Blackpaint 691 – Paula Rego; a Damned Good Thrashing in my Party Dress

The Paula Rego that we have become familiar with, she of the stumpy, intense young girl, waltzing with other couples on the turf at night, polishing father’s high boots with one arm thrust all the way inside, rubbing herself suggestively against Daddy’s crotch while mother distracts him by pulling a cloth over his face – this is just the latest stylistic approach of an astonishingly versatile painter with a febrile imagination. The current show at Tate Britain, whilst a little biased towards this phase, does show us something of earlier tropes, as I hope this blog will demonstrate.

Under Milk Wood

Shades of John Bellany, references to Velasquez (the fried eggs)… Maybe something of early Prunella Clough too?

Touch of David Bomberg here?

Salazar Vomiting on Democracy

Reminiscent of Asger Jorn, I think. Looks like a giant papaya in the middle. That’s the Portuguese dictator Salazar bent over like a pin-headed Humpty Dumpty, with a thin gush of greenish puke curling out of his mouth.

Don’t recall title of this one; called it “Confusion” in my notes. Graphic, rather collage-y, objects half-realised or morphing in a dreamlike fashion; there’s a young person in a coat, a penknife, a pennant, a fish or turtle head, insects(?), a leaf spray….

Is she shaving the dog or cutting its throat? The former , I think, From the next picture, I guess there is a Jungian sexual meaning here. I’m not sure – did Jung do sex too or was that only Freud? The booklet mentions Rego’s interest in Jung, so I’ll go with him.

Girl showing her sex to a dog – who looks pretty unimpressed. Is the dog a male figure, maybe Father? Easy to interpret it this way, given some of her other output. Or maybe it’s Victor Willing, her artist husband…

Hey Diddle Diddle – she did a series of illustrations to nursery rhymes as etchings; here’s an example.

An illustration of an incident in a short story by Joyce Carol Oates; note the brilliant rendition of the satin party dress (or is it a confirmation dress? Don’t know the story); Rego is great on fabrics. I would be interested to read a feminist critique of Rego – there must be loads, surely. The booklet. I think, plays it safe, mentioning the anti-fascist, anti-patriarchal stance; I’m more interested, as a man would be no doubt, in the ambiguity towards men, particularly authority figures, her work displays. I feel there’s a touch of Sylvia Plath in there, that poem to her daddy came to me when I was looking at the one where she’s (I guess it’s Rego herself) polishing the boots with one arm plunged in up to the armpit… What do I know? But then, what do you make of a feminist who paints a woman, being beaten on her bare bottom with sticks by two little girls?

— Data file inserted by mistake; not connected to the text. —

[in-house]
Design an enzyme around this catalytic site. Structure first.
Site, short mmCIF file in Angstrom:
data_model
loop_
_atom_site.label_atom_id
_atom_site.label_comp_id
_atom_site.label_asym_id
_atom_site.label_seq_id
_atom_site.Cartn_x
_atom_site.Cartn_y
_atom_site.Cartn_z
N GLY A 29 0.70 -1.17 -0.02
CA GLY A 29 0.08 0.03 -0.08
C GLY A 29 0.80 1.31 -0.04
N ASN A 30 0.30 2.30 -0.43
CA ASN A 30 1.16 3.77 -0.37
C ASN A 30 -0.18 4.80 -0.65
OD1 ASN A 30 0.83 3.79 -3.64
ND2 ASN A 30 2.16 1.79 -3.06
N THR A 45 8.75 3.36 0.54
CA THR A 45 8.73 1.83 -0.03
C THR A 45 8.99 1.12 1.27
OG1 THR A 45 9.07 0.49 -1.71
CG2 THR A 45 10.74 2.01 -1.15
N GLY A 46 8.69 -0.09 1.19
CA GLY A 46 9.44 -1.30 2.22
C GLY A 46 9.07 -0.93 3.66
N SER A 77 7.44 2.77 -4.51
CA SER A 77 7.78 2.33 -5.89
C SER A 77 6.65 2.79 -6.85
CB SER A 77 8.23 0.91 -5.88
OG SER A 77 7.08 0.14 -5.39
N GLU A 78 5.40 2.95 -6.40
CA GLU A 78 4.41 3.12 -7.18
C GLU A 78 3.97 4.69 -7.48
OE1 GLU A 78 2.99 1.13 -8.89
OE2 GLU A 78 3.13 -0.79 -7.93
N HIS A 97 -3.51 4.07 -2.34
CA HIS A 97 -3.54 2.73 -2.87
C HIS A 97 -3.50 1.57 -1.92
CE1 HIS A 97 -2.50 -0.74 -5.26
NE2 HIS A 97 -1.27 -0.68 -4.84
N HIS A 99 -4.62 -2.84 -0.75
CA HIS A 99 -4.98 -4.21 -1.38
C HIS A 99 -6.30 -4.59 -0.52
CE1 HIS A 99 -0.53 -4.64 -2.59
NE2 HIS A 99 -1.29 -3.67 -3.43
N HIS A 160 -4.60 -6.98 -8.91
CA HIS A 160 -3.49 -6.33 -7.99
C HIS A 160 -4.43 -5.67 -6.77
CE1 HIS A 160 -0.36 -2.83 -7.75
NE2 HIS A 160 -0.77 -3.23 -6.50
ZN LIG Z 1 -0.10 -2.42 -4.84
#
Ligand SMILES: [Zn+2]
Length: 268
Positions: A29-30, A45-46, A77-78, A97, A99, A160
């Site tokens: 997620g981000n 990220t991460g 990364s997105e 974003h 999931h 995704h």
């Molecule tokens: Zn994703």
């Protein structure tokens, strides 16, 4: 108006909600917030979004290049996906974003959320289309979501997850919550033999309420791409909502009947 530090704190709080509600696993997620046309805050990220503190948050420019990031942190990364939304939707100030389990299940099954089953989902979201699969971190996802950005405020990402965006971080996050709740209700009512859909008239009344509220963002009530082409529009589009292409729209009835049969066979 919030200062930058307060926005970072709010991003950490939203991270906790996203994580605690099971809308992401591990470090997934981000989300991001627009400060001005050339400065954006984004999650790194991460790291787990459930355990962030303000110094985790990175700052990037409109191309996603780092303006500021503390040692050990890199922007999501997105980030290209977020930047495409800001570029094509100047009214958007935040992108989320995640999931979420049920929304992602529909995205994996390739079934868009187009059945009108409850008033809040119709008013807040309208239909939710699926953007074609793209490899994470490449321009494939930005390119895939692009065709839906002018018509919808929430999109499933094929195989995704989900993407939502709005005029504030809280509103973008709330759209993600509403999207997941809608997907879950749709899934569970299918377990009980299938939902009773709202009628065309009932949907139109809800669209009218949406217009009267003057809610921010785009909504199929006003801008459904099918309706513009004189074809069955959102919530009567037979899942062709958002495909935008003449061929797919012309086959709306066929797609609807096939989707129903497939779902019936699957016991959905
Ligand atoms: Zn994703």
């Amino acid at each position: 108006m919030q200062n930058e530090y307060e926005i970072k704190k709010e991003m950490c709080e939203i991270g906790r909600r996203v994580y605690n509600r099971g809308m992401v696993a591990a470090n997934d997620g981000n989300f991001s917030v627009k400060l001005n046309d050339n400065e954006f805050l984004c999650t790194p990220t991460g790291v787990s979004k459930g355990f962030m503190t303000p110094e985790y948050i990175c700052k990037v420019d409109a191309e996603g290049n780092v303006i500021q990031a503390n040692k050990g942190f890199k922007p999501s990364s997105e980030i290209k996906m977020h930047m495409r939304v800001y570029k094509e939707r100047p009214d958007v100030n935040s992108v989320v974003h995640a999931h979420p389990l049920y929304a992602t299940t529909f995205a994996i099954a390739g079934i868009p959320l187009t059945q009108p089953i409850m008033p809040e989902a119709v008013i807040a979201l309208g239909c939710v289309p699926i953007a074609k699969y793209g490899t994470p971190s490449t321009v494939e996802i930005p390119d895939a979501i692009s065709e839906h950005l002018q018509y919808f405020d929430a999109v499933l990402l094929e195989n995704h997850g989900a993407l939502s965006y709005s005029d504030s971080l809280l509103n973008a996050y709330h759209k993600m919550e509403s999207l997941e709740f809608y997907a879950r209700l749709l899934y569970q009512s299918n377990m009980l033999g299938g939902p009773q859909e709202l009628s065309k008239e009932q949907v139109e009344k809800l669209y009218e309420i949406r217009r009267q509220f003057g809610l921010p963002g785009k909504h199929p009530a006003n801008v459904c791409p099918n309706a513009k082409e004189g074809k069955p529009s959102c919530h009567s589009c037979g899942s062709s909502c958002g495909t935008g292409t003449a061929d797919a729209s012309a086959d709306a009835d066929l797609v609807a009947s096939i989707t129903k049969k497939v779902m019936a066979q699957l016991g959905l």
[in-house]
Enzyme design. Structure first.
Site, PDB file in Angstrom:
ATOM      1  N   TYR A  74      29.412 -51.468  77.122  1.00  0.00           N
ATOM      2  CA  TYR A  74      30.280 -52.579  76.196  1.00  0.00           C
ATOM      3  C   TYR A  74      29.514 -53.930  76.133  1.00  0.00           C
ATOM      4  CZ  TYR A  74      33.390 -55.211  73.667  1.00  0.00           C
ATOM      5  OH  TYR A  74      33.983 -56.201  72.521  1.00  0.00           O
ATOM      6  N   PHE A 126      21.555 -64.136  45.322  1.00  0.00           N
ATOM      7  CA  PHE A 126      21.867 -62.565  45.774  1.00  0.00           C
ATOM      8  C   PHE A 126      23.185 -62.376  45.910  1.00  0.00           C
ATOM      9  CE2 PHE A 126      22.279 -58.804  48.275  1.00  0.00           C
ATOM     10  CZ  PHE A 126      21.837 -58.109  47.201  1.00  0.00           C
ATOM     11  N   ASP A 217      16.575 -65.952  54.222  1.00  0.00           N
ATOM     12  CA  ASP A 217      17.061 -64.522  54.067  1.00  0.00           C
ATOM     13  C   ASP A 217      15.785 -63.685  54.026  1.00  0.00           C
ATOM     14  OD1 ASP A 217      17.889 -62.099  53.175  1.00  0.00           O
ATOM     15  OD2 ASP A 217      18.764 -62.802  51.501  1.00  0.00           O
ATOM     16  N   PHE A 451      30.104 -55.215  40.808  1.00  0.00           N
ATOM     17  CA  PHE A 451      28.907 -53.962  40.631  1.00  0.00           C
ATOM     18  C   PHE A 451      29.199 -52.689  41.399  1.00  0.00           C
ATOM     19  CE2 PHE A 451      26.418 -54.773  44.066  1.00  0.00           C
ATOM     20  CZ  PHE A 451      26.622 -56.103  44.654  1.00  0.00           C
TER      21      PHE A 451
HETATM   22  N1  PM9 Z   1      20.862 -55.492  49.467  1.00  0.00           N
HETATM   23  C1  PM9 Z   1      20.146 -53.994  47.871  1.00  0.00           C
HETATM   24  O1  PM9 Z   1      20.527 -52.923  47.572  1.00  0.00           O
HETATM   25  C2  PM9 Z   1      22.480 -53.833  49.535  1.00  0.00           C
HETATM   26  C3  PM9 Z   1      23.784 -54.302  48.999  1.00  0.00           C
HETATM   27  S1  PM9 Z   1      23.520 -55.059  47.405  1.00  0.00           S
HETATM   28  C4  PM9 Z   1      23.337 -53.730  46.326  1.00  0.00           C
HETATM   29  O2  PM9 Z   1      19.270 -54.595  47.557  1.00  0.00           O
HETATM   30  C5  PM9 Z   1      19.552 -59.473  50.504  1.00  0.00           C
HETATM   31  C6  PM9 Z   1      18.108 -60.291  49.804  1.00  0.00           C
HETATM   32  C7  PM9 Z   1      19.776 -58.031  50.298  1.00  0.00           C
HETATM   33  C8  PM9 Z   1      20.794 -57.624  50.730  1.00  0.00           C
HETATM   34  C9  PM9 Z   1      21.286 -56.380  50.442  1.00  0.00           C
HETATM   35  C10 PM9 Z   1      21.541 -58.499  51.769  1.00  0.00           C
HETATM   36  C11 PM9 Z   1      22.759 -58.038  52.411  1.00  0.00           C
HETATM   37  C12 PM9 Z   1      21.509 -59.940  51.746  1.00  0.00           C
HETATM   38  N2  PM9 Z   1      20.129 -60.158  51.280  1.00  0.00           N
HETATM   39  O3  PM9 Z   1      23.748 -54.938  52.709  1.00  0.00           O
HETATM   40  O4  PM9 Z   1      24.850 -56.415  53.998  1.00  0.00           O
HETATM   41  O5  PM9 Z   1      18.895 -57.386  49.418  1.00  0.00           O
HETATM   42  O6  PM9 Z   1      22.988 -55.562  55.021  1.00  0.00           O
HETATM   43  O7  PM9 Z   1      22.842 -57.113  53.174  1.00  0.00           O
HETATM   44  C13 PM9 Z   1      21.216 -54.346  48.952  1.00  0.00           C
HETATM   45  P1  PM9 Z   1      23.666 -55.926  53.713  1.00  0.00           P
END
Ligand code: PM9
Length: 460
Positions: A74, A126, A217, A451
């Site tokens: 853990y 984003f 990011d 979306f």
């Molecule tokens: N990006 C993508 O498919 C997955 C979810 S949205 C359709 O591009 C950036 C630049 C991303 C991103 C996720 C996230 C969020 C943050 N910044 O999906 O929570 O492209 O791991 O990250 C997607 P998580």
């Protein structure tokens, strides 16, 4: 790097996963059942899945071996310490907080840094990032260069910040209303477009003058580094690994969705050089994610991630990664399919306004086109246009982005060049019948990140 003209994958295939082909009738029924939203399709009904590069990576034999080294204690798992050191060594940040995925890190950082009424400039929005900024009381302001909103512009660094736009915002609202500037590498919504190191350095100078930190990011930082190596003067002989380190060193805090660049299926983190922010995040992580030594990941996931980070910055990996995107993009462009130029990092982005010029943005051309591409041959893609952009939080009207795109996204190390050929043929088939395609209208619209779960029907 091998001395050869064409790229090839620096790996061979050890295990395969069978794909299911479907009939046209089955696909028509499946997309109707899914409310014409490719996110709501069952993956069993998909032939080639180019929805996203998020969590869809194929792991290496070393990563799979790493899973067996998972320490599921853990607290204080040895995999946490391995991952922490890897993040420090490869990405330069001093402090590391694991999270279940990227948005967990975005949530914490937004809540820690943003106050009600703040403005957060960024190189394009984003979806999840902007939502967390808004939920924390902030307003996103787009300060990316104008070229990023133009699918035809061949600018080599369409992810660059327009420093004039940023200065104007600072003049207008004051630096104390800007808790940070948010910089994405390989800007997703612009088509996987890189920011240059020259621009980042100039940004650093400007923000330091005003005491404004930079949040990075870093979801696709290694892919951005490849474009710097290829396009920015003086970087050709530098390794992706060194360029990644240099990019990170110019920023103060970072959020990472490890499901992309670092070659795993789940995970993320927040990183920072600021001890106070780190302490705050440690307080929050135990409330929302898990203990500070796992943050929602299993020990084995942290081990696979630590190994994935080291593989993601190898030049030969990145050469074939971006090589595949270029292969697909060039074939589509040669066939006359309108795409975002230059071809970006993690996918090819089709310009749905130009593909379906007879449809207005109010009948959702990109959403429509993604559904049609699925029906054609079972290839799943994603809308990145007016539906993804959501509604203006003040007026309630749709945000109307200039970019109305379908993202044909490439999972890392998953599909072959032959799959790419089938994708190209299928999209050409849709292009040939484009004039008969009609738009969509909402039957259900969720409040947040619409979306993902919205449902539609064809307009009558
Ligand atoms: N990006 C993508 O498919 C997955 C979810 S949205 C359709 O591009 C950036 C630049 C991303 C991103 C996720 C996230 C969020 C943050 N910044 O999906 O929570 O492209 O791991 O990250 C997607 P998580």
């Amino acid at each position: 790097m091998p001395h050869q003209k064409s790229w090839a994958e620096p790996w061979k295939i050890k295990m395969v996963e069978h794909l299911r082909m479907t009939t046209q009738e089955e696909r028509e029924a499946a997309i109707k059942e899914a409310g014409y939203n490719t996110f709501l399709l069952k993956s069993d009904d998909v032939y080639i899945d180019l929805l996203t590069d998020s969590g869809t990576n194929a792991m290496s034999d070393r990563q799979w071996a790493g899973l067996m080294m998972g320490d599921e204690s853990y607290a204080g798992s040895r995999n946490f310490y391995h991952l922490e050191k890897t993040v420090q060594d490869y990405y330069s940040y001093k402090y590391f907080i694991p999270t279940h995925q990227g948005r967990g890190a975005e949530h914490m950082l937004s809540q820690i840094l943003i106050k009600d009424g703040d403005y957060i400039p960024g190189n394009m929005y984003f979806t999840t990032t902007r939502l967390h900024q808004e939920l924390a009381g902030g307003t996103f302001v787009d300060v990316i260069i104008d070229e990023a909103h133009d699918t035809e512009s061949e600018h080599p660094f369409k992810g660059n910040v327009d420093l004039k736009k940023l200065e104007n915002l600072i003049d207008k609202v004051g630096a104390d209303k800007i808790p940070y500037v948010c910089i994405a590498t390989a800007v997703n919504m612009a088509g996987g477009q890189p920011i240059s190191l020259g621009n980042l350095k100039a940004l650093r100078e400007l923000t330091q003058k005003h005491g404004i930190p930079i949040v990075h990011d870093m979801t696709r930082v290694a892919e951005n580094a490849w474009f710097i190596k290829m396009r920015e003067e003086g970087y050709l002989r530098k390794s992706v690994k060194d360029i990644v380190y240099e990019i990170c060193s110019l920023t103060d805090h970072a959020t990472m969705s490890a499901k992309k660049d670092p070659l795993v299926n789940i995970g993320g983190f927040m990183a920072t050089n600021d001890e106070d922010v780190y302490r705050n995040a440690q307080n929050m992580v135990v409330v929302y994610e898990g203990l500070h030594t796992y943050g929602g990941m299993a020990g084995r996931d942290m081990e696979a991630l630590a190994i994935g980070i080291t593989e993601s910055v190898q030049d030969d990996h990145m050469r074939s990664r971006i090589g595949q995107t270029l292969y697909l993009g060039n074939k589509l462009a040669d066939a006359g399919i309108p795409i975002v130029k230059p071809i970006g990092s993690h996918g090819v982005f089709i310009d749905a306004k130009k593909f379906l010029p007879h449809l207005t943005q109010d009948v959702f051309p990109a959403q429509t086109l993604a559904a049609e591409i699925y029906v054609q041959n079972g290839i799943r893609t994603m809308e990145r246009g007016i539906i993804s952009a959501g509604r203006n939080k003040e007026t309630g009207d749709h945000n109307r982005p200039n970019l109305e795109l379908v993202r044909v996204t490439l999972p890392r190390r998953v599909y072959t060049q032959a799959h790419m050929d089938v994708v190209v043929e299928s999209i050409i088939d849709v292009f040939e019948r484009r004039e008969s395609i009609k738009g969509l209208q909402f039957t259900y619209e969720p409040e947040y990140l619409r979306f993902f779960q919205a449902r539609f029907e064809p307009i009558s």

Hogarthian – The similarities to The Rake’s Progress are very obvious. What’s going on in the back room – is that a woman bending over or a man in women’s underwear? Elsewhere in this exhibition, men dress in women’s clothes… There’s that party/confirmation dress again – and the indifferent dog, positioned conveniently for another view, but not interested…

There’s a whole room of reclining women in various postures, that come under the general title of Abortion. I think this is one of them. There is also a room on the theme of FGM. Those powerful arms and legs….

I’m not going to attempt a comment on this painting or the next; no doubt the more courageous would have plenty to say on colonialism, female sexuality, soft toys and the bearing of crosses – I will confine myself to pointing out the excellent rendition of the velvet cloak.

And the satin backcloth here. Looks like a brothel scene, doesn’t it? Superficially , I mean, the way the women are sitting bored, resigned, fondling their soft black dolls.

Rather from the sublime to the ridiculous, I’m going to put in one of my own new pictures here, just because it’s my blog and I can.

Orinoco, Blackpaint

Blackpaint 19/08/2021

Tags: , ,

Leave a Reply

Fill in your details below or click an icon to log in: Logo

You are commenting using your account. Log Out /  Change )

Facebook photo

You are commenting using your Facebook account. Log Out /  Change )

Connecting to %s

%d bloggers like this: